Mr. Hurd, a moderate who won re-election in 2018 by only 1,100 votes, spent years trying to craft an immigration deal with Democrats only to see the effort collapse last year in the face of Mr. Trump’s opposition. The president’s style clearly irked Mr. Hurd; he was one of only four Republicans to join Democrats last month in voting to condemn as racist Mr. Trump’s tweets telling four congresswomen of color — all but one of them born in the United States — to “go back” to their countries of origin.
Ms. Roby had also been less than comfortable with the president’s conduct, and seen her career threatened for saying so. Weeks before the 2016 election, after leaked audio surfaced in which Mr. Trump could be heard bragging about grabbing women by their genitals and forcibly kissing them, she said he was “unacceptable as a candidate for president” and that she would not vote for him.
The comments helped earn Ms. Roby four primary challengers last year who argued that she had been disloyal to Mr. Trump, and she toiled to distance herself from her own criticism of the president, saying she supported his agenda. Mr. Trump ultimately endorsed her via Twitter.
For others who are less willing to publicly break with their party, the idea of being forced to embrace or excuse Mr. Trump’s statements and tactics has become increasingly unpalatable.
“A lot of people don’t want to have to run with Donald Trump, knowing the experience of last time,” said Brendan Buck, who served as a senior adviser to former Speaker Paul D. Ryan, Republican of Wisconsin, who retired last year.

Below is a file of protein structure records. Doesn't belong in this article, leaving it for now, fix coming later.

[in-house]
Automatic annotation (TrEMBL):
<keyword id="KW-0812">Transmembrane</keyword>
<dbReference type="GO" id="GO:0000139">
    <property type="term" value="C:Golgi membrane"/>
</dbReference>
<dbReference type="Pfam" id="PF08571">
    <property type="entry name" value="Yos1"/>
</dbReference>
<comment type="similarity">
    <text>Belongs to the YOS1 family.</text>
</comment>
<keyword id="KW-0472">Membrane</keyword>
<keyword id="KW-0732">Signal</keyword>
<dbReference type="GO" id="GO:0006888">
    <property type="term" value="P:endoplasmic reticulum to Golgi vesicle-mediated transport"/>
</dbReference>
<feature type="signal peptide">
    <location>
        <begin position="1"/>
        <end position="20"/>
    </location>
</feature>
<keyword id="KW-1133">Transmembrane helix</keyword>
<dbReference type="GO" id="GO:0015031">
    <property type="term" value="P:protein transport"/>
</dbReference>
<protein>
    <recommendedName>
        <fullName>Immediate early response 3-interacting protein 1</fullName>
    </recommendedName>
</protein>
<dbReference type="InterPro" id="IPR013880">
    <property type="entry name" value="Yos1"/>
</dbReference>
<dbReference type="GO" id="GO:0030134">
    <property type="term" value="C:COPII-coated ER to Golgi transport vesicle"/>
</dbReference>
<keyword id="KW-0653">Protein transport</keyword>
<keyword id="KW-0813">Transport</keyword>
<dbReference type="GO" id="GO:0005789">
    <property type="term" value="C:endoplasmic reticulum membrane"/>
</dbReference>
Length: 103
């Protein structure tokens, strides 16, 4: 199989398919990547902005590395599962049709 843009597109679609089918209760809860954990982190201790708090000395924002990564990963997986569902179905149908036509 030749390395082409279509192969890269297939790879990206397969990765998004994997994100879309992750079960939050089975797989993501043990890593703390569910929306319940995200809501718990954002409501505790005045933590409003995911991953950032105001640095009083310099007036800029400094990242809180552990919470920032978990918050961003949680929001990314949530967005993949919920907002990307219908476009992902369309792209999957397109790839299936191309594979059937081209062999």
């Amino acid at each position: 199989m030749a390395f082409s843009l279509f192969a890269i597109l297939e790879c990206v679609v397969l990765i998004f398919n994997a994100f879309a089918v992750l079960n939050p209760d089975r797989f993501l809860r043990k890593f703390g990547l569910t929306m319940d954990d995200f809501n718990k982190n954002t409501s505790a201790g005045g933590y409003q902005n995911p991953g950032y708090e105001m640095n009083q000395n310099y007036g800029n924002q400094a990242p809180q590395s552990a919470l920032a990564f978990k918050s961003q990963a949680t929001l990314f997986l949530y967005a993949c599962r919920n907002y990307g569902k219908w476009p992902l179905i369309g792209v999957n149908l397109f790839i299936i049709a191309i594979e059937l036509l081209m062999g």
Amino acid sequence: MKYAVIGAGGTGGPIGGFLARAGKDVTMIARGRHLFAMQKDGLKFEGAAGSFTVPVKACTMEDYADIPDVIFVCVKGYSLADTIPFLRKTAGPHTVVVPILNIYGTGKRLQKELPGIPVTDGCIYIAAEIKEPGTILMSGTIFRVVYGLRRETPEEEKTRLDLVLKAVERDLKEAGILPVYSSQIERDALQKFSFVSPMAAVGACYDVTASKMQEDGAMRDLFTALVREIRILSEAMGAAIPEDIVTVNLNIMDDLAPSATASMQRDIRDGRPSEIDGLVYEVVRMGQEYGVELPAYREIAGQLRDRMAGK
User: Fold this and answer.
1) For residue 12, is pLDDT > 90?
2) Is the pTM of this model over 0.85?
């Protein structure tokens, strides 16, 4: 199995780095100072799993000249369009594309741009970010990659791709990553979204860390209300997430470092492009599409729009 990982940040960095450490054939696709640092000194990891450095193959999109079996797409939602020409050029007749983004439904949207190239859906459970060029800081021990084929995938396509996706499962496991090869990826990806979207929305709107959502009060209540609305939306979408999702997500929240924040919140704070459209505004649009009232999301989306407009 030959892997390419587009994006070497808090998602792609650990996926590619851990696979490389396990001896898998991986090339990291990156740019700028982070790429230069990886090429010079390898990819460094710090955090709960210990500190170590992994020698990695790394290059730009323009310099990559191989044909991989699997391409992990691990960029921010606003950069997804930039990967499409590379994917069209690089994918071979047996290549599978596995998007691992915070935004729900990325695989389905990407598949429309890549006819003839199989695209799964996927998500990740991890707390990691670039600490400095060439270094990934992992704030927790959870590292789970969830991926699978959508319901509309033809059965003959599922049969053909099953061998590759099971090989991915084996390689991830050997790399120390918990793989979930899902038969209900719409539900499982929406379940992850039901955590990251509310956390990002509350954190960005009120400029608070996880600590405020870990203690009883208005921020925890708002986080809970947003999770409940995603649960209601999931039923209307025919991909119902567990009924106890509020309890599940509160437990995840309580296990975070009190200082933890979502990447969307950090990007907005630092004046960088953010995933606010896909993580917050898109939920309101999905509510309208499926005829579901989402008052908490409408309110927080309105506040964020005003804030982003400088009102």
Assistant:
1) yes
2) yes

That is particularly the case, he added, given the very real possibility that the entire exercise may amount to little.
“Being in the minority, you’re not accomplishing anything, and some of these guys are looking ahead at the prospect of being in the minority with a Democratic president again — and that would be even worse,” Mr. Buck said.
Republican officials argue that the exodus, while painful, is merely part of a biannual cycle of turnover for lawmakers looking toward their next chapters, particularly given party rules that bar them from serving more than three consecutive terms as committee chairs or ranking members.
“Retirements obviously hurt, but that’s a feature, not a bug, of the way the Republicans have set up their term limits,” said Chris Pack, a spokesman for the National Republican Congressional Committee. “We don’t have time to sulk, nor would we. It’s full steam ahead.”
Mr. Pack conceded that defending Mr. Hurd’s seat “will be tough,” but said the committee already has someone on the ground in his sprawling district, which extends from San Antonio to El Paso, recruiting candidates to succeed him.
Democrats smell blood, particularly in Texas, where in addition to Mr. Hurd, two other Republicans, Representatives Michael Conaway and Pete Olson, have announced over the past two weeks that they do not plan to run again.
The Democratic Congressional Campaign Committee, hoping to replicate the strategy it employed in California in 2018 to wrest seven seats from Republicans, opened a field office in Austin in April and has poured money and manpower into targeting several Republican seats there.
On Friday, sensing a new opening after what it was gleefully calling the “Texodus,” the committee said it had dispatched researchers into Mr. Olson’s district and those of two other Texas Republicans it is hoping to oust, Representatives Michael McCaul and Kenny Marchant, to comb through public records in search of dirt to, in the words of one operative, “make this as painful as possible” for them.